An essay by James Gorman in yesterday's New York Times called "Lethal Violence in Chimps Occurs Naturally, Study Suggests" has resulted in a good number comments and questions arriving in my inbox. These include, "What does the study actually show?" "How robust are the data?" and "What does it mean about the enormous amount of violence in which humans engage?" The title of the essay is catchy and much hangs on the word "suggests," as it should.
The title of the original essay that appeared in the journal Nature is "Lethal aggression in Pan is better explained by adaptive strategies than human impacts" and was written by 30 researchers. The abstract reads as follows (the essay is available only to subscribers and the numbers refer to references that are available at the end of the abstract):
Observations of chimpanzees (Pan troglodytes) and bonobos (Pan paniscus) provide valuable comparative data for understanding the significance of conspecific killing. Two kinds of hypothesis have been proposed. Lethal violence is sometimes concluded to be the result of adaptive strategies, such that killers ultimately gain fitness benefits by increasing their access to resources such as food or mates. Alternatively, it could be a non-adaptive result of human impacts, such as habitat change or food provisioning. To discriminate between these hypotheses we compiled information from 18 chimpanzee communities and four bonobo communities studied over five decades. Our data include 152 killings (n = 58 observed, 41 inferred, and 53 suspected killings) by chimpanzees in 15 communities and one suspected killing by bonobos. We found that males were the most frequent attackers (92% of participants) and victims (73%); most killings (66%) involved intercommunity attacks; and attackers greatly outnumbered their victims (median 8:1 ratio). Variation in killing rates was unrelated to measures of human impacts. Our results are compatible with previously proposed adaptive explanations for killing by chimpanzees, whereas the human impact hypothesis is not supported.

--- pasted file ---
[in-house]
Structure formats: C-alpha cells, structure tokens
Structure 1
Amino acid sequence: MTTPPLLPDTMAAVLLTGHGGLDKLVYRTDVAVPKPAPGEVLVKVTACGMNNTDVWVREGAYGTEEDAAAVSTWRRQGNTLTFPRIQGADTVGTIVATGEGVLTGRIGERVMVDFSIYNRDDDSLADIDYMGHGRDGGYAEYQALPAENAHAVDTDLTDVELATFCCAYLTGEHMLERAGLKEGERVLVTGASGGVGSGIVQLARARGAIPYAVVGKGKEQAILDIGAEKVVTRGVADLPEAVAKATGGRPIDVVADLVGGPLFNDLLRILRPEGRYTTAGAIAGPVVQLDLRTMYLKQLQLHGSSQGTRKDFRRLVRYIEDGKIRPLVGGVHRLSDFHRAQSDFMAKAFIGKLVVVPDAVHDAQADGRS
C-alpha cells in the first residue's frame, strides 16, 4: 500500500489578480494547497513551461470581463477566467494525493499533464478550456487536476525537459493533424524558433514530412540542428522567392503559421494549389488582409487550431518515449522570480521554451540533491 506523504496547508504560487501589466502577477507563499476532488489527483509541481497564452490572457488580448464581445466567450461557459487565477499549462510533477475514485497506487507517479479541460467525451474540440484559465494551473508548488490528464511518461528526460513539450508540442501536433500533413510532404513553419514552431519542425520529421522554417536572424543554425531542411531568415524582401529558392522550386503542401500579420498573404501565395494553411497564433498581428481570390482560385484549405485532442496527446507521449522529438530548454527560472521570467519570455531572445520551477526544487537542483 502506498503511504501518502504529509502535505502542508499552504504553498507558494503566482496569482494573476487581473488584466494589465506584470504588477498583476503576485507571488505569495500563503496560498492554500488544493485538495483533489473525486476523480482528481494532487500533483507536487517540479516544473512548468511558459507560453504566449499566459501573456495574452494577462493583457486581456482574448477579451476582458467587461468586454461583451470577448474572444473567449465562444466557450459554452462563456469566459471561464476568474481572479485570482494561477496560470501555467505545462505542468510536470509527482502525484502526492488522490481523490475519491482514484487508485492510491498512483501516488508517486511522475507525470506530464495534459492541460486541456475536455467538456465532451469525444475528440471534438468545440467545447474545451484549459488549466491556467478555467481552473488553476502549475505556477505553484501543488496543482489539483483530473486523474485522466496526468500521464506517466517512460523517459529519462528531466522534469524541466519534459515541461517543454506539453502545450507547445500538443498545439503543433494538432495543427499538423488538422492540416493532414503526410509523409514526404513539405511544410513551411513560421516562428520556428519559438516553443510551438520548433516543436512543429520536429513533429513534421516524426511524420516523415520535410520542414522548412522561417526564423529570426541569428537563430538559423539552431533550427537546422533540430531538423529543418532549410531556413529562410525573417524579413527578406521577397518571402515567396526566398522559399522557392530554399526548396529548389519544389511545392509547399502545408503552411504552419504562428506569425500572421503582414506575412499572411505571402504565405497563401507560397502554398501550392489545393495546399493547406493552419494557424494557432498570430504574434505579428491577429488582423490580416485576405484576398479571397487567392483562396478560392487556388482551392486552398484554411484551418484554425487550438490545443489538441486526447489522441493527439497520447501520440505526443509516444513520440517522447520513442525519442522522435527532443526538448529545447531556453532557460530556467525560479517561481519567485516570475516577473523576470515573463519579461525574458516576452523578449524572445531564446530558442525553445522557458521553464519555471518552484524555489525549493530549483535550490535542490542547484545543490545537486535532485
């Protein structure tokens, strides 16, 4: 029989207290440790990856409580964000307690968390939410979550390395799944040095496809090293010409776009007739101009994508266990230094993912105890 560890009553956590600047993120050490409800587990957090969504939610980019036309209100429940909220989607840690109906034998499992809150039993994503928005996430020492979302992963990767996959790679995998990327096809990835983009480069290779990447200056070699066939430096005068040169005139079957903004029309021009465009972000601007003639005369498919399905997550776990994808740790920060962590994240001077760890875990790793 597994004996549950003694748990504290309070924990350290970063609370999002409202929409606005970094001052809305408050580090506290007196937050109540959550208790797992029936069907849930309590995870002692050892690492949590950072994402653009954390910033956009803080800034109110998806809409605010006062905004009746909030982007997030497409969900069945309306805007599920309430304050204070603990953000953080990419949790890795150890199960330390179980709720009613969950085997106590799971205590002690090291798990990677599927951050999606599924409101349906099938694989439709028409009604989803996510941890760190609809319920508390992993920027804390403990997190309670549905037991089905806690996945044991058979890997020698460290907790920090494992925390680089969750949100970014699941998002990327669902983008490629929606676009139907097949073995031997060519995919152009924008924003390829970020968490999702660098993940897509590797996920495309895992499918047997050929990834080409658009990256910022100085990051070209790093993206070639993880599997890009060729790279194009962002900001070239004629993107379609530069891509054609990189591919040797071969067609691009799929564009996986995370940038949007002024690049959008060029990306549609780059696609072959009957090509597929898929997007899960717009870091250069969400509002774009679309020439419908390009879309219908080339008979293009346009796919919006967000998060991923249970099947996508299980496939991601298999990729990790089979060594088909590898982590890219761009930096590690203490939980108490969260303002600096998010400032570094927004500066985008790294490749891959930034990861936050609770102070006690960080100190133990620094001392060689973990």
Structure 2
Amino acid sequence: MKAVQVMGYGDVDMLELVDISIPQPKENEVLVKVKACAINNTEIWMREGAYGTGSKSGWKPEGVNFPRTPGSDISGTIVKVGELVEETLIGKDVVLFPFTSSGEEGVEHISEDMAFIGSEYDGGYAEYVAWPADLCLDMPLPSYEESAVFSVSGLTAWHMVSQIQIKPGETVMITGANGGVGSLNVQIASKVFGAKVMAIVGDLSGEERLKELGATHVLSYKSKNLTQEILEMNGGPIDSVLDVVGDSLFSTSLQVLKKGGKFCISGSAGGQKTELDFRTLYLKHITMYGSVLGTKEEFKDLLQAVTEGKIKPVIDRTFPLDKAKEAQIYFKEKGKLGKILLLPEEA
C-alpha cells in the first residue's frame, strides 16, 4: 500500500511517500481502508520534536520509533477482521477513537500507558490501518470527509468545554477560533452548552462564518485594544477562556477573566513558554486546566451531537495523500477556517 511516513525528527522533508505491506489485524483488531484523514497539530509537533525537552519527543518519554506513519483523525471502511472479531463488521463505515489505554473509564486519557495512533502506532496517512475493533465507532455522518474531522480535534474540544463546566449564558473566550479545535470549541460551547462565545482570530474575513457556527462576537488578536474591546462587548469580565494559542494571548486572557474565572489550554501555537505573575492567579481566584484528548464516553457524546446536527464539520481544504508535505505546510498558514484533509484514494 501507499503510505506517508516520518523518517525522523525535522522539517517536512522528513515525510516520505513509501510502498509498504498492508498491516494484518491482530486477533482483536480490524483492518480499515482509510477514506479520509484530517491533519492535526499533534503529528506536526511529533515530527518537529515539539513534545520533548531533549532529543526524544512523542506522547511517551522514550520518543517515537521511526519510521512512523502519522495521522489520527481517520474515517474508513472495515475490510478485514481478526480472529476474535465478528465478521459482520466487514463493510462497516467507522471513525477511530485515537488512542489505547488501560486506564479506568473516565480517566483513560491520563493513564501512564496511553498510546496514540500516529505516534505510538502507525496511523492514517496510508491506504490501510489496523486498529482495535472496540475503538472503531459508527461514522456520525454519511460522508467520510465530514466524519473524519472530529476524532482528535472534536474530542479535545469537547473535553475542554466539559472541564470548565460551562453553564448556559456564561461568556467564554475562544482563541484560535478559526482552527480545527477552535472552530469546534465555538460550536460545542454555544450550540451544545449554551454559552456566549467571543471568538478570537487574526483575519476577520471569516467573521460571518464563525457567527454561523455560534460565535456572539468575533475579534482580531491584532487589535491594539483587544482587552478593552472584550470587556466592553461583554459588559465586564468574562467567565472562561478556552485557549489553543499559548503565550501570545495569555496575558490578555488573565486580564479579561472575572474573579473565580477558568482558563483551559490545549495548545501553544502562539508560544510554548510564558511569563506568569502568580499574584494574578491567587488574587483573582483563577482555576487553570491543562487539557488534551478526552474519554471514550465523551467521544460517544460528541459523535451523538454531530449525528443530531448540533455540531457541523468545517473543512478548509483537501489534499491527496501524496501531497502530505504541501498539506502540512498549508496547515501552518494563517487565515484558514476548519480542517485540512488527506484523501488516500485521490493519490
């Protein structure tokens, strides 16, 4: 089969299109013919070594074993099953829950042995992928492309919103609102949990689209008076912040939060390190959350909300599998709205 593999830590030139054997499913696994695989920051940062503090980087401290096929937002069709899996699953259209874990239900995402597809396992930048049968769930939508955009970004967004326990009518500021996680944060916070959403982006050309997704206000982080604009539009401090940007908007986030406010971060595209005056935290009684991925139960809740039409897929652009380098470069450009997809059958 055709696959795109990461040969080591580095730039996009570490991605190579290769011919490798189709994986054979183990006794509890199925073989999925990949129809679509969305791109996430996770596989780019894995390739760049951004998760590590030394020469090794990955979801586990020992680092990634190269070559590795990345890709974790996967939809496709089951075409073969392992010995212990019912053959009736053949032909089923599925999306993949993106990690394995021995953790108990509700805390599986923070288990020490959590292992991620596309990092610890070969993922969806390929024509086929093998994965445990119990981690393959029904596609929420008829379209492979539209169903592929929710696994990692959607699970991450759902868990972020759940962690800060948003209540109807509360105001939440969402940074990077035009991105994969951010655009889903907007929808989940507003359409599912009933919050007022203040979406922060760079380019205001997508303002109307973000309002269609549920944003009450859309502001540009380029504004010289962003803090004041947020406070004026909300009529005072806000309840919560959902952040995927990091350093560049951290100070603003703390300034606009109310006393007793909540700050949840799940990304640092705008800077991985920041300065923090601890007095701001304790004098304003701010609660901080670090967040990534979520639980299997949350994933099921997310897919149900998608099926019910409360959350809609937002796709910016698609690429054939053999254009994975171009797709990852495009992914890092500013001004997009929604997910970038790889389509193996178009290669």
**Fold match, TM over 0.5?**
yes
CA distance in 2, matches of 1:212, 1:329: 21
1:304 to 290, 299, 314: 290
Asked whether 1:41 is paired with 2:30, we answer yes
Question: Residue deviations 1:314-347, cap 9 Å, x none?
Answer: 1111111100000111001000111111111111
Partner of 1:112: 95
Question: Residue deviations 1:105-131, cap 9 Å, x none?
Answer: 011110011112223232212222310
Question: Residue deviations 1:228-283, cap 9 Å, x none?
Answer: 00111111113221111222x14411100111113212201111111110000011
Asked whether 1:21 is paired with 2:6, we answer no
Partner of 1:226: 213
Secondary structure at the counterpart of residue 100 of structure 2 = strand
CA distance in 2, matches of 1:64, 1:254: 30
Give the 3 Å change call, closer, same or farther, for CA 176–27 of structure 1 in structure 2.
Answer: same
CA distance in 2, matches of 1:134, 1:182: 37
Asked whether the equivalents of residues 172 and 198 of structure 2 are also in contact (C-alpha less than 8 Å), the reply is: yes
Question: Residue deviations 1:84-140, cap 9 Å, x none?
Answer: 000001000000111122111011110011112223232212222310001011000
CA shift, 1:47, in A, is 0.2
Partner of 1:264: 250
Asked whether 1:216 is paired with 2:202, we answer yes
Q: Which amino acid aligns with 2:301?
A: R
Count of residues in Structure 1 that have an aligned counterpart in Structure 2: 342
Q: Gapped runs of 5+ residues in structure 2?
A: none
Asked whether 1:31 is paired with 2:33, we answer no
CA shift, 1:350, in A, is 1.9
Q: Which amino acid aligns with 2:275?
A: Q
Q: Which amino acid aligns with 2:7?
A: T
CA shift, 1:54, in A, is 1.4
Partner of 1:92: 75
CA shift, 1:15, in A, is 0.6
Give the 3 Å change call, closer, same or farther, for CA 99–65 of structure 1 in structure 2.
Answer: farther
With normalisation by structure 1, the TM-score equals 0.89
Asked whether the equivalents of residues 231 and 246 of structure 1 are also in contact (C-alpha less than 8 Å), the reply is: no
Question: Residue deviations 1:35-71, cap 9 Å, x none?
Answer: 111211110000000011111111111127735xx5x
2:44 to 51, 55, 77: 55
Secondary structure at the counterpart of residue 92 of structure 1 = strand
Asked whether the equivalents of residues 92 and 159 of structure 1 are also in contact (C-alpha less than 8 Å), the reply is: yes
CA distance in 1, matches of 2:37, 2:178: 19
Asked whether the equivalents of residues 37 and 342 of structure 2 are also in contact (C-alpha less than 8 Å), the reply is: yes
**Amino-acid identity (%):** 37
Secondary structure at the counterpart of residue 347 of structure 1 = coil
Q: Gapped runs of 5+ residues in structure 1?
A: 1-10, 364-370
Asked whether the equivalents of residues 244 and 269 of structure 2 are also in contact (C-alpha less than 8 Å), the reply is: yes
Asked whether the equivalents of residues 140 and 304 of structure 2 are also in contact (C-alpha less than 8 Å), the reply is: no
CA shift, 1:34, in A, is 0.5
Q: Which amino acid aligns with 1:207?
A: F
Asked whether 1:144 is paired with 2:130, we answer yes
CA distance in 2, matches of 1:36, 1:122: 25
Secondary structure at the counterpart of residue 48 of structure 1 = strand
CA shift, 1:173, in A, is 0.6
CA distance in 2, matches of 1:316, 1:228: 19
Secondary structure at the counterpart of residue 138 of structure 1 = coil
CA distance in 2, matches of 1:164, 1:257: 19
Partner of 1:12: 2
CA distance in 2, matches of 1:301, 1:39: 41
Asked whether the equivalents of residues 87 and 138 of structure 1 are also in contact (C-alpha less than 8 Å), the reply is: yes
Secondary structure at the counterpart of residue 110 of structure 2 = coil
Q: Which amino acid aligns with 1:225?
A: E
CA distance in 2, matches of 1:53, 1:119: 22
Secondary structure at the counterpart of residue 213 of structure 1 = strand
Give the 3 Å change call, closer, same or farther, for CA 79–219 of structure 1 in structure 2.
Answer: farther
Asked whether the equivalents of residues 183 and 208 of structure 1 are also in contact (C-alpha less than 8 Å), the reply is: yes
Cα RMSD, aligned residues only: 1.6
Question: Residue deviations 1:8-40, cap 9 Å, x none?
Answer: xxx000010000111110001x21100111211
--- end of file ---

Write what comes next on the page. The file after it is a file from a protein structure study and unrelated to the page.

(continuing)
Note that in about 50 years of study, there were only 152 killings with which this study was concerned, 58 (38%) that were observed, 41 (27 percent) that were inferred, and 53 (35 percent) that were suspected. So, 62 percent of the killings were not actually seen. The authors also conclude that human impacts on chimpanzees are not responsible for violent behavior. The Times essay presents different points of view on the study and its conclusions (see this also).
There has only been one known chimpanzee war
I've written about nonhuman violence before, most recently in an essay called "Animals Are Not Warmongers: An Important Media Corrective" in which I wrote on a report by Colin Barras in New Scientist magazine titled "Only known chimp war reveals how societies splinter" (the print edition version is called "Secrets of the only known chimp war"). Despite media often reporting and inferring that many nonhuman animals (animals) are typically violent, this is a misrepresentation of how they really live. Robert Sussman, an anthropologist at Washington University in St. Louis, and his colleagues Paul Garber and Jim Cheverud, reported in 2005 in The American Journal of Physical Anthropology that for many nonhuman primates, more than 90 percent of their social interactions are affiliative rather than competitive or divisive (see cooperation+altriuism">here for an update on what we're learning about cooperation in other animals). Because there's only one known chimpanzee war, a point made by Duke University's Joseph Feldblum who, with a number of colleagues, analyzed this unique event, claiming we inherited our widespread destructive behavior from "them" is not a credible conclusion.